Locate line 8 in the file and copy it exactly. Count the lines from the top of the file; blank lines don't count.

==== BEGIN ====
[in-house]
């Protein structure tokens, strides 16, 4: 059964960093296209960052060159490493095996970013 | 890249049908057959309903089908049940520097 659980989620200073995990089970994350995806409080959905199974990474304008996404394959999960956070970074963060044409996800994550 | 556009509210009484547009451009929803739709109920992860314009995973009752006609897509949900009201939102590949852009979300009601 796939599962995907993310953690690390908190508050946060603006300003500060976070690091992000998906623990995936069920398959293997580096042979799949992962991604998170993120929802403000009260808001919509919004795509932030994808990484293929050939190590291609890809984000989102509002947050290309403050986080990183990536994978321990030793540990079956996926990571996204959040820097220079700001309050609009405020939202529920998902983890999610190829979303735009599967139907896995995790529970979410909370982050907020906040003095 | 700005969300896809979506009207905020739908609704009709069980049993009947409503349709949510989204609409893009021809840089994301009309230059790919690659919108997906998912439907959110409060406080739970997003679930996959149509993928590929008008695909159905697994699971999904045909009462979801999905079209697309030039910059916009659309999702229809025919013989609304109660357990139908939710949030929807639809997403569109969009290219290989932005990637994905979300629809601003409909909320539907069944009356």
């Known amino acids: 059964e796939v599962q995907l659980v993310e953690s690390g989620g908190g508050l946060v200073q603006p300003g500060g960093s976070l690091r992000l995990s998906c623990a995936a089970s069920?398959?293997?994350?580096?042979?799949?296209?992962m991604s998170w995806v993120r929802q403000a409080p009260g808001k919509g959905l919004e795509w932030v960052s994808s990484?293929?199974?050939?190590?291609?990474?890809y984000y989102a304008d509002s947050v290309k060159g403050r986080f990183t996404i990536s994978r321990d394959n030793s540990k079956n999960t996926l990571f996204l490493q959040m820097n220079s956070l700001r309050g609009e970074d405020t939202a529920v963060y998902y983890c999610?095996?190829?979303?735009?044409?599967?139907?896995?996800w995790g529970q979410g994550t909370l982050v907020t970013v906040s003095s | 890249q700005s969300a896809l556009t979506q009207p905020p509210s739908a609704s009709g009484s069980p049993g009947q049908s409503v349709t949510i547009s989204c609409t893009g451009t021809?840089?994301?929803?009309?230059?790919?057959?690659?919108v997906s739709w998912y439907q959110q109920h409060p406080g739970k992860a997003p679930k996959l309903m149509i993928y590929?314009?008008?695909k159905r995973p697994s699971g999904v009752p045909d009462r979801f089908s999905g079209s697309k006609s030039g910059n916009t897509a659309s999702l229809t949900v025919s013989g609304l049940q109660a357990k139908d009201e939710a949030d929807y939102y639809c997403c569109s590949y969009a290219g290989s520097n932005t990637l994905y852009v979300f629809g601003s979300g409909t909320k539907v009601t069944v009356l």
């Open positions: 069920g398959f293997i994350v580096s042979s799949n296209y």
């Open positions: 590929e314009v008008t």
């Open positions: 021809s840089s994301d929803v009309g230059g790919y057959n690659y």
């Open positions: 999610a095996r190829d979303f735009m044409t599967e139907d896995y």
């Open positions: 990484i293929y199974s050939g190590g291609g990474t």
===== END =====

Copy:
């Open positions: 990484i293929y199974s050939g190590g291609g990474t």